"I feel very fortunate," Dixon said. "I'm very passionate about racing, I love driving cars, I love racing and I love racing with the best team in the world. I'm lucky enough to do Indianapolis 500s, IndyCar races, going to Le Mans.
"I think the story with what we do and how we do it, and a lot of people don't get to see behind the scenes with big races like the Indianapolis 500 and Le Mans. It's going to be really cool. I feel very proud and very special to be a part of it."
Matthew Metcalfe, whose credits include the soon-to-be-released "McLaren" and "Beyond the Edge," is the Dixon documentary's producer. Metcalfe stressed that the documentary will reach into the emotional aspects of the sport that make racing what it is.
"That's what this film is going to be about," Metcalfe said, "the will to win, the drive to win, about guts, determination and just sheer hard work."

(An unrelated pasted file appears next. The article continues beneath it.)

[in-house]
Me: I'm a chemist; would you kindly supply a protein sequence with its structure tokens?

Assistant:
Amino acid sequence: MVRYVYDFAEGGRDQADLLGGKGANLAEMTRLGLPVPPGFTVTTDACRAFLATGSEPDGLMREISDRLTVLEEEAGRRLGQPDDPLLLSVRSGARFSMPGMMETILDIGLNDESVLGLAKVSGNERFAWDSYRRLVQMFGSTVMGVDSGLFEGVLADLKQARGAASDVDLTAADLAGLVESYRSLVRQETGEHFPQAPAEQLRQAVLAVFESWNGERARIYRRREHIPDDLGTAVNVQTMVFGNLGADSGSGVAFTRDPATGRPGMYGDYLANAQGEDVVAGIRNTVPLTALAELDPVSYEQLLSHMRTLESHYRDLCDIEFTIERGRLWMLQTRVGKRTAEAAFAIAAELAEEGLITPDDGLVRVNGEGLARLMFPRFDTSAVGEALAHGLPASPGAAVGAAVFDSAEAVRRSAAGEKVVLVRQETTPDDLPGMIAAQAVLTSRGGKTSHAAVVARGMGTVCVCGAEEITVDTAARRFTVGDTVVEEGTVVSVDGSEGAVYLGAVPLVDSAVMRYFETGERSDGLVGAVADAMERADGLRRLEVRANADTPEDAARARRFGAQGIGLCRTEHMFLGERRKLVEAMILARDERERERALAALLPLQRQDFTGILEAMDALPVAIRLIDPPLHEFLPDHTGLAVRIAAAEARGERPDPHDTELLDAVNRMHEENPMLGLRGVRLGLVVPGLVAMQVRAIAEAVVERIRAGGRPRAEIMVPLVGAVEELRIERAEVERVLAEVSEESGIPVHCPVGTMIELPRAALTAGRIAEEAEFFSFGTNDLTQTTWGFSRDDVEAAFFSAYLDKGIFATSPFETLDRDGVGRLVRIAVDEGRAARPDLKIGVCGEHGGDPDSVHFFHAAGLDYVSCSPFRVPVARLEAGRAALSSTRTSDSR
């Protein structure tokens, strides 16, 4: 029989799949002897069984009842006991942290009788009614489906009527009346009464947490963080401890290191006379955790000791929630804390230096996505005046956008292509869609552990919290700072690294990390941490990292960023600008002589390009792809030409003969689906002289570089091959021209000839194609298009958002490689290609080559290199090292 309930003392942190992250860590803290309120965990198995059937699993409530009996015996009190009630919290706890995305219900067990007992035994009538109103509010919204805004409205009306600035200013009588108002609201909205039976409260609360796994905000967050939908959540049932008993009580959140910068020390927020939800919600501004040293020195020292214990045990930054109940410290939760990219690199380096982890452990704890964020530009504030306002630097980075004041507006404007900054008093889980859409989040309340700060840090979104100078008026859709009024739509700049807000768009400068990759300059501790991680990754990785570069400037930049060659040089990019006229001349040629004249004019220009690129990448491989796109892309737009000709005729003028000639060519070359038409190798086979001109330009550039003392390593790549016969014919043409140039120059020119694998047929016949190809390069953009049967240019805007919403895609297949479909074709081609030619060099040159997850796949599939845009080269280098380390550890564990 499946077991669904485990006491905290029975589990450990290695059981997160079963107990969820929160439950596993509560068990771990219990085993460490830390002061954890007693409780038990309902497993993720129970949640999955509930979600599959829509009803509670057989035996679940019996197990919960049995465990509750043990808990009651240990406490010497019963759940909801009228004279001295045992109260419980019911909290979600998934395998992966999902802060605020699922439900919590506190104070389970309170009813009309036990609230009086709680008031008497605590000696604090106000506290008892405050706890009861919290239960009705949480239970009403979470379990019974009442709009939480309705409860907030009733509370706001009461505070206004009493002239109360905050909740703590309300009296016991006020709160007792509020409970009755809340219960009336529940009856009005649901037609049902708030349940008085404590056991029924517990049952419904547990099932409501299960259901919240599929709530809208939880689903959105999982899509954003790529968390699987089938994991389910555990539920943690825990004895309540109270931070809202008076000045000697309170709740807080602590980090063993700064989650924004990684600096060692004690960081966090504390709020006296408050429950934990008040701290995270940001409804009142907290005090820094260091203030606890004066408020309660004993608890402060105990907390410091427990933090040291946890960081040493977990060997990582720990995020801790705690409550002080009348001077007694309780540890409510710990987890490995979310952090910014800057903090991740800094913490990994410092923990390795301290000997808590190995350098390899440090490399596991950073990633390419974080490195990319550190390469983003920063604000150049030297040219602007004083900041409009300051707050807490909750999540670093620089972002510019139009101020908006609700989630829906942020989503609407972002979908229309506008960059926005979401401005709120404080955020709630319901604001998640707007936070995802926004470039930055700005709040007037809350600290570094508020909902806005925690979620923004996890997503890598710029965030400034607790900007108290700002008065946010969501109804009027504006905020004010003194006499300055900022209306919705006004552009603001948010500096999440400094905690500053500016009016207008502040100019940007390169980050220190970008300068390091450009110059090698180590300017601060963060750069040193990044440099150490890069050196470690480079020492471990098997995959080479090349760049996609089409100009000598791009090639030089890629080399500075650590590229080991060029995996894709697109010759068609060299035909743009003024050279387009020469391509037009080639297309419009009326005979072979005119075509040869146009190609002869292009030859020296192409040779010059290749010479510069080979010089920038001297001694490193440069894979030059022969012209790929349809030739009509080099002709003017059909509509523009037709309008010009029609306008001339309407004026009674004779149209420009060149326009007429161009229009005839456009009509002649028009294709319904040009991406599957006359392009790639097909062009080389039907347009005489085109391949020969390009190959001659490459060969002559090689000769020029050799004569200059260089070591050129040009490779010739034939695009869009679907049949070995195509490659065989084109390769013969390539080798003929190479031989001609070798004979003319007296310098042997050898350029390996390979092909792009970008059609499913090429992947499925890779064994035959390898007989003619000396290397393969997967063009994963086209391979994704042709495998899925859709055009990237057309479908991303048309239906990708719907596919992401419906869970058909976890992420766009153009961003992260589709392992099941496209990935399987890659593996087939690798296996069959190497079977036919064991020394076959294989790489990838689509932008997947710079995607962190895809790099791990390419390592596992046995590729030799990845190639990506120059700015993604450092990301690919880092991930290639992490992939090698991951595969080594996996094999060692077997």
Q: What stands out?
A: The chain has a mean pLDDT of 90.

"McLaren," the incredible true story of motorsports legend and engineering visionary Bruce McLaren, will make its U.S. premiere in a special screening for motorsports VIPs tonight at the Indiana State Museum in Indianapolis.
The eagerly awaited film recounts the New Zealander's life from humble beginnings at his father's auto shop in Auckland, to revolutionizing Formula One racing by becoming the youngest driver to win an F1 race, to his death at 32 in a racing accident. Featuring interviews from his closest friends and family members, the documentary is an unprecedented window into the life of a true genius.
The film's rollout will continue with the premiere in Michigan's Henry Ford Big Screen Experience at Cinetopia Film Festival on June 2. Additional targeted events across the country are being planned throughout the summer, with a digital release scheduled to launch after the Pebble Beach Concours d'Elegance in August.